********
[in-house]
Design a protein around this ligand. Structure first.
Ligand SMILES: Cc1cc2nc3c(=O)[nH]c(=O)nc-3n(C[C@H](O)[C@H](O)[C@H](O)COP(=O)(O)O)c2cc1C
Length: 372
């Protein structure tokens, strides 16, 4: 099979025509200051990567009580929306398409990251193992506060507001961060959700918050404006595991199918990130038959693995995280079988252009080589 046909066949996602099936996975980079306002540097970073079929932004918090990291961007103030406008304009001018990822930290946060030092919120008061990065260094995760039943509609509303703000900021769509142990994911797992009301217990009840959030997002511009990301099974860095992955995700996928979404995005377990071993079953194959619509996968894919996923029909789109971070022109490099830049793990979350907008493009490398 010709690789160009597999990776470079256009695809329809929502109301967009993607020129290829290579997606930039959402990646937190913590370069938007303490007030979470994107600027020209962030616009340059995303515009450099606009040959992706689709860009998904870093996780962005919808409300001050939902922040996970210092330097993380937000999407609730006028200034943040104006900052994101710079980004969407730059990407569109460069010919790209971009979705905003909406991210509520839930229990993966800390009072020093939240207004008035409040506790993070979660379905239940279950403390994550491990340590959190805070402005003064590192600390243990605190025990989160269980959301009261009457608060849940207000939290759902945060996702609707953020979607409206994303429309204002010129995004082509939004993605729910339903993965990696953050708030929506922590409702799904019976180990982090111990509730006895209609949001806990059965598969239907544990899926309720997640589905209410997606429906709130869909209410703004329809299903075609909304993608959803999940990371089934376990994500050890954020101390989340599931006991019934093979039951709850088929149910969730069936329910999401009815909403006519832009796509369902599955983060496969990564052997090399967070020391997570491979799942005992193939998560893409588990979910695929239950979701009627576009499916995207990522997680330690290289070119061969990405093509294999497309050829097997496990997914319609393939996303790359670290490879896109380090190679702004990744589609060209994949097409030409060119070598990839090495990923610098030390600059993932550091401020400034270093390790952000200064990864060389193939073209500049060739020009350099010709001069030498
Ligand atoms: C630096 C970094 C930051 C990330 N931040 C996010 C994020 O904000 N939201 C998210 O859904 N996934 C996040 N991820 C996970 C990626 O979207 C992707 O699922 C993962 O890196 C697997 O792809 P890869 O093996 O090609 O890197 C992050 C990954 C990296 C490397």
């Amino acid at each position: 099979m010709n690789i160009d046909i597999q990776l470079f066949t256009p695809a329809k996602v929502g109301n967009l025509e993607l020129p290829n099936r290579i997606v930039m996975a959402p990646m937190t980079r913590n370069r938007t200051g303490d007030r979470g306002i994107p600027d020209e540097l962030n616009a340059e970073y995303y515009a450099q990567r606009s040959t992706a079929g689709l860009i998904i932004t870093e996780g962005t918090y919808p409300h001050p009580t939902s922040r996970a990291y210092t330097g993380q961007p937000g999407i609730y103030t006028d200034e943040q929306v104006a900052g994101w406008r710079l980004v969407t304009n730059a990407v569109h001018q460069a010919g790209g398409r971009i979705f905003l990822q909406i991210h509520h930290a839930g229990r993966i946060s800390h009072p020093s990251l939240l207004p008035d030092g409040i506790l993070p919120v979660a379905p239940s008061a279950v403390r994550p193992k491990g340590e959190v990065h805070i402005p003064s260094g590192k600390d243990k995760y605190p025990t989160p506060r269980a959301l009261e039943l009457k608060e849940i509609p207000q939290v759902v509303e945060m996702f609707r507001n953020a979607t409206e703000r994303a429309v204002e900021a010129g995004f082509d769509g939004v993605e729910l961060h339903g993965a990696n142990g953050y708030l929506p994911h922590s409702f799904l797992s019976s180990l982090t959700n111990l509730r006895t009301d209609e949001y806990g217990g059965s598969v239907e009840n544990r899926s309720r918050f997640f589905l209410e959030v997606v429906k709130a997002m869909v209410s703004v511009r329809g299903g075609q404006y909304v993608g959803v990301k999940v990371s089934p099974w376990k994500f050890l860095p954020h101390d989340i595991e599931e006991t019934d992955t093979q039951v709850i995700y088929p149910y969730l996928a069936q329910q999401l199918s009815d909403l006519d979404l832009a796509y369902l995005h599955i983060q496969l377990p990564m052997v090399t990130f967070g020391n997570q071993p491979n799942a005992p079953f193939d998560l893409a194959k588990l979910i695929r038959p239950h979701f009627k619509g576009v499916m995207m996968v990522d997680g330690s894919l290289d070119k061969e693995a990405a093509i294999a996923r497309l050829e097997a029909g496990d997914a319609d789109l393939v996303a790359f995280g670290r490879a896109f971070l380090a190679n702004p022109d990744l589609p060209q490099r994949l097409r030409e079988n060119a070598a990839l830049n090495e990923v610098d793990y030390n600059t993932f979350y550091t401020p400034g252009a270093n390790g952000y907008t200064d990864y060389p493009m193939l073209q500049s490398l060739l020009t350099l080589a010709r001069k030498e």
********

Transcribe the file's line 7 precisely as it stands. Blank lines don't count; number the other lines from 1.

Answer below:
């Amino acid at each position: 099979m010709n690789i160009d046909i597999q990776l470079f066949t256009p695809a329809k996602v929502g109301n967009l025509e993607l020129p290829n099936r290579i997606v930039m996975a959402p990646m937190t980079r913590n370069r938007t200051g303490d007030r979470g306002i994107p600027d020209e540097l962030n616009a340059e970073y995303y515009a450099q990567r606009s040959t992706a079929g689709l860009i998904i932004t870093e996780g962005t918090y919808p409300h001050p009580t939902s922040r996970a990291y210092t330097g993380q961007p937000g999407i609730y103030t006028d200034e943040q929306v104006a900052g994101w406008r710079l980004v969407t304009n730059a990407v569109h001018q460069a010919g790209g398409r971009i979705f905003l990822q909406i991210h509520h930290a839930g229990r993966i946060s800390h009072p020093s990251l939240l207004p008035d030092g409040i506790l993070p919120v979660a379905p239940s008061a279950v403390r994550p193992k491990g340590e959190v990065h805070i402005p003064s260094g590192k600390d243990k995760y605190p025990t989160p506060r269980a959301l009261e039943l009457k608060e849940i509609p207000q939290v759902v509303e945060m996702f609707r507001n953020a979607t409206e703000r994303a429309v204002e900021a010129g995004f082509d769509g939004v993605e729910l961060h339903g993965a990696n142990g953050y708030l929506p994911h922590s409702f799904l797992s019976s180990l982090t959700n111990l509730r006895t009301d209609e949001y806990g217990g059965s598969v239907e009840n544990r899926s309720r918050f997640f589905l209410e959030v997606v429906k709130a997002m869909v209410s703004v511009r329809g299903g075609q404006y909304v993608g959803v990301k999940v990371s089934p099974w376990k994500f050890l860095p954020h101390d989340i595991e599931e006991t019934d992955t093979q039951v709850i995700y088929p149910y969730l996928a069936q329910q999401l199918s009815d909403l006519d979404l832009a796509y369902l995005h599955i983060q496969l377990p990564m052997v090399t990130f967070g020391n997570q071993p491979n799942a005992p079953f193939d998560l893409a194959k588990l979910i695929r038959p239950h979701f009627k619509g576009v499916m995207m996968v990522d997680g330690s894919l290289d070119k061969e693995a990405a093509i294999a996923r497309l050829e097997a029909g496990d997914a319609d789109l393939v996303a790359f995280g670290r490879a896109f971070l380090a190679n702004p022109d990744l589609p060209q490099r994949l097409r030409e079988n060119a070598a990839l830049n090495e990923v610098d793990y030390n600059t993932f979350y550091t401020p400034g252009a270093n390790g952000y907008t200064d990864y060389p493009m193939l073209q500049s490398l060739l020009t350099l080589a010709r001069k030498e």